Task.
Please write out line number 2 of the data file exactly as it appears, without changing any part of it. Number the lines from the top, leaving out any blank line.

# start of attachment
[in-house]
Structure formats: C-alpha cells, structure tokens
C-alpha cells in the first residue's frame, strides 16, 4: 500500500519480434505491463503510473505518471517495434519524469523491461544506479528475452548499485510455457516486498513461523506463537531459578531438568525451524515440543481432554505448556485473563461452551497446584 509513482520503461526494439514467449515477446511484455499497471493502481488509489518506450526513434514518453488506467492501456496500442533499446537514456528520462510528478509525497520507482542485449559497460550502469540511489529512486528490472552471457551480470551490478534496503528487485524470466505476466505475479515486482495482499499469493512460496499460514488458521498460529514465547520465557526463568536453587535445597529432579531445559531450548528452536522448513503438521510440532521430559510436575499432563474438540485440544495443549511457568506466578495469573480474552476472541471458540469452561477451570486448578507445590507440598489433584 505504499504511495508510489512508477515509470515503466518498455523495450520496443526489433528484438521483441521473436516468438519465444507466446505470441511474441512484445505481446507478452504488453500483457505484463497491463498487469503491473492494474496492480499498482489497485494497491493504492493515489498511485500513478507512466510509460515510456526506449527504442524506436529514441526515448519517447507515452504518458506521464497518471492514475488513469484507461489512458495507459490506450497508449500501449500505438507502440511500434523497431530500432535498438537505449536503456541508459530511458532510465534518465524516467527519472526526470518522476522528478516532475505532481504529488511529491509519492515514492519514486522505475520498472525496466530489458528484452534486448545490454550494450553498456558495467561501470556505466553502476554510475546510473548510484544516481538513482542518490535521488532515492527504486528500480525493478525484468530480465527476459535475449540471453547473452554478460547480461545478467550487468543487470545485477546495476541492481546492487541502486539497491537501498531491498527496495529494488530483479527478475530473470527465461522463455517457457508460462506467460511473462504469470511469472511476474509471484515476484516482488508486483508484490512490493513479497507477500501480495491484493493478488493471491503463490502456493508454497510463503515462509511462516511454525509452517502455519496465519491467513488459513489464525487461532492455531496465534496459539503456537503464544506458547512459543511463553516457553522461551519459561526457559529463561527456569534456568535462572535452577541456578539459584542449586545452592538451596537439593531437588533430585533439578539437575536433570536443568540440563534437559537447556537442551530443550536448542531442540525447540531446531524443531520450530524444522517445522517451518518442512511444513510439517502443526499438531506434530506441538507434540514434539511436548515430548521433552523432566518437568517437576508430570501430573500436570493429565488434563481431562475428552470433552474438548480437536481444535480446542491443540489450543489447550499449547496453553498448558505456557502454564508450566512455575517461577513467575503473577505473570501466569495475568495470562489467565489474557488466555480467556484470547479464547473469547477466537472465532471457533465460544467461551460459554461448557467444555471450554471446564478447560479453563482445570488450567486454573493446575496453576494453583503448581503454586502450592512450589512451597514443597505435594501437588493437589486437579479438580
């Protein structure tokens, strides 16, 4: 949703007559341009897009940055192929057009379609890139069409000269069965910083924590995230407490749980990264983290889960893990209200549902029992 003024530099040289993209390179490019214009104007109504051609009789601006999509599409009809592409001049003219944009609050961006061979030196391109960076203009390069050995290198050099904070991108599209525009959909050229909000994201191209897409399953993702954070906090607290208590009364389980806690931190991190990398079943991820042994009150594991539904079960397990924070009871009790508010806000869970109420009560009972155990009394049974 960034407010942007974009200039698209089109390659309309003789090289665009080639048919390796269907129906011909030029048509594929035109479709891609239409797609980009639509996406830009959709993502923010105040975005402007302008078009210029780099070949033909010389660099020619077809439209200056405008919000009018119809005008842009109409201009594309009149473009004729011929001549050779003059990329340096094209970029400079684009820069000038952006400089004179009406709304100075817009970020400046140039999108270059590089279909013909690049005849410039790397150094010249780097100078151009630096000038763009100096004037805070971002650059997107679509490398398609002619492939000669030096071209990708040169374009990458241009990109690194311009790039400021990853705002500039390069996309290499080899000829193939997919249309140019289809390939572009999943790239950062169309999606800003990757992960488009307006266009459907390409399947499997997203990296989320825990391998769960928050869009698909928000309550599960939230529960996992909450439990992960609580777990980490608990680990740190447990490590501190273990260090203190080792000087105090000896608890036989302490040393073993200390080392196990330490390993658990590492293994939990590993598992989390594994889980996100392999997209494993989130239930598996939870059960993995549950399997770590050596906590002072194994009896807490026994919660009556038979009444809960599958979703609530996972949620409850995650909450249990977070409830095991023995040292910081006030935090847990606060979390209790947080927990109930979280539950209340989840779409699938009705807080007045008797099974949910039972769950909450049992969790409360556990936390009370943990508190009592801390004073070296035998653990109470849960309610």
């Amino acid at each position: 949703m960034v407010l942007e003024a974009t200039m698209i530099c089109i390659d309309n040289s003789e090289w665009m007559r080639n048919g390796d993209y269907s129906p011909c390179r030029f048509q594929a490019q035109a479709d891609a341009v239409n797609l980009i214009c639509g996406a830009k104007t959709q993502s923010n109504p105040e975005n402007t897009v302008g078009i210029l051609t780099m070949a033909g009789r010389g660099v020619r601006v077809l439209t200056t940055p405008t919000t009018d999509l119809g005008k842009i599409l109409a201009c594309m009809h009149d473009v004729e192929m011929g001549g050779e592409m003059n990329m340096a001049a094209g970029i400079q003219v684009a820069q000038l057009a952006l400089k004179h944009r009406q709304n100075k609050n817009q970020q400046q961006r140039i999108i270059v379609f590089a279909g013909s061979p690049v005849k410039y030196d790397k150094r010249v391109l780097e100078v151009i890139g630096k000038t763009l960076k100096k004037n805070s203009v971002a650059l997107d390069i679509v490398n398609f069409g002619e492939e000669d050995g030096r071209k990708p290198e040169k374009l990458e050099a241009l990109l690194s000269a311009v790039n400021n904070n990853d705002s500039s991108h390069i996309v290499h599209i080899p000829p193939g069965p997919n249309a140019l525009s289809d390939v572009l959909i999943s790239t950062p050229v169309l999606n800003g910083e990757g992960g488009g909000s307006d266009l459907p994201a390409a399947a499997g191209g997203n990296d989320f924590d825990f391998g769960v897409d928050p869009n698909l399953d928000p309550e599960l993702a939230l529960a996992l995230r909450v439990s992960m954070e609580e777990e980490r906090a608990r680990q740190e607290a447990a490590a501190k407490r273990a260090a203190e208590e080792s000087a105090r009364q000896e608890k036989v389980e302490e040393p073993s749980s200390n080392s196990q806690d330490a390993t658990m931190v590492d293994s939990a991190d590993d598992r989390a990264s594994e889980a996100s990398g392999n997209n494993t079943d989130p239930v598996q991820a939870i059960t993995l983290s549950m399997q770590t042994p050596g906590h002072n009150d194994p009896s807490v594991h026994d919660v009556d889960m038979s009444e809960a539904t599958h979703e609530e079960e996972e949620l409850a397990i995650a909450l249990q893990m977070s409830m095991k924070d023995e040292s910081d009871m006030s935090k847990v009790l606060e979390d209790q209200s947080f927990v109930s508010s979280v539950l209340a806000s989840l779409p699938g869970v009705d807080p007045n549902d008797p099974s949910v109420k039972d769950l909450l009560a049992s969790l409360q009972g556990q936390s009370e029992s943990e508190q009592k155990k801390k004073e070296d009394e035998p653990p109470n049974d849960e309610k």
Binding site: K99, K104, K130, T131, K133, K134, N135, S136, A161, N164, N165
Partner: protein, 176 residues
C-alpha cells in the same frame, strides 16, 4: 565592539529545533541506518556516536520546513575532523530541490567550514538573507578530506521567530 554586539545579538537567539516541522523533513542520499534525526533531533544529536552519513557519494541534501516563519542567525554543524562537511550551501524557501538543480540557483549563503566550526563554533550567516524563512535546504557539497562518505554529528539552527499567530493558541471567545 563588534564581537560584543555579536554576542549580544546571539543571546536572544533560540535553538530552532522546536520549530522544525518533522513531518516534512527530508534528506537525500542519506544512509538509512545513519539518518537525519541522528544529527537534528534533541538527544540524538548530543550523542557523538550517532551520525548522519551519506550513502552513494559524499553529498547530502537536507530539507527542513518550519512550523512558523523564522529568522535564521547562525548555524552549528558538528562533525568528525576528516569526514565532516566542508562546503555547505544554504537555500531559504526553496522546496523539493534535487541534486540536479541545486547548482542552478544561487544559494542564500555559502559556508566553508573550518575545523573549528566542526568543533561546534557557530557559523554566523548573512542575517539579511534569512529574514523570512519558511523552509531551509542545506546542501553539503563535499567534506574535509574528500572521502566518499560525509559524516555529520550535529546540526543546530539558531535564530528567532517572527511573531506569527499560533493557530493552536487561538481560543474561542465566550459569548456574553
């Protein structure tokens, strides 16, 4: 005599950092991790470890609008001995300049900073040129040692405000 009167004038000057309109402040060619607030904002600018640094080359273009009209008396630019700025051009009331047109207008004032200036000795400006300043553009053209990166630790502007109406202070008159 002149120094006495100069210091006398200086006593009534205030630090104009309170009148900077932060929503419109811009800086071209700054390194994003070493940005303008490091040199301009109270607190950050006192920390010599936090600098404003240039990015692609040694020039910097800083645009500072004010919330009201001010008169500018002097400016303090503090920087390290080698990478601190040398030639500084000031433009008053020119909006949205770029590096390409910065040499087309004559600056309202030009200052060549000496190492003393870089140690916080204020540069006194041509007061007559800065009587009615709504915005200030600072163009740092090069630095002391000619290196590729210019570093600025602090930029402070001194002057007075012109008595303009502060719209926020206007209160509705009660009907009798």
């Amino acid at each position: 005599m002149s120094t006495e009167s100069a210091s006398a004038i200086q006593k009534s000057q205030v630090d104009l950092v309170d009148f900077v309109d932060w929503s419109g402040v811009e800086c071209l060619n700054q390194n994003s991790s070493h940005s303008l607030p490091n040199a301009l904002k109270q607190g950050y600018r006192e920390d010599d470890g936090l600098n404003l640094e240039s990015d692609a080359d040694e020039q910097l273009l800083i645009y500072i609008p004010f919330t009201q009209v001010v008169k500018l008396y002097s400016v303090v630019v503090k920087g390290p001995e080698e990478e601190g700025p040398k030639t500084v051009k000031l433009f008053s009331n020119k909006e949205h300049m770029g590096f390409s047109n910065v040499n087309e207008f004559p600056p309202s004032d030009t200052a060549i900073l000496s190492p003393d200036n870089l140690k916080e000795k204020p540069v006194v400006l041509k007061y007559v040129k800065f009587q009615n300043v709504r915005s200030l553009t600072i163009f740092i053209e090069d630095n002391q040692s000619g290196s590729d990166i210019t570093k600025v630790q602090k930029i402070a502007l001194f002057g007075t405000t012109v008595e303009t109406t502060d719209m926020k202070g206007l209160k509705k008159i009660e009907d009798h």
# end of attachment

Structure formats: C-alpha cells, structure tokens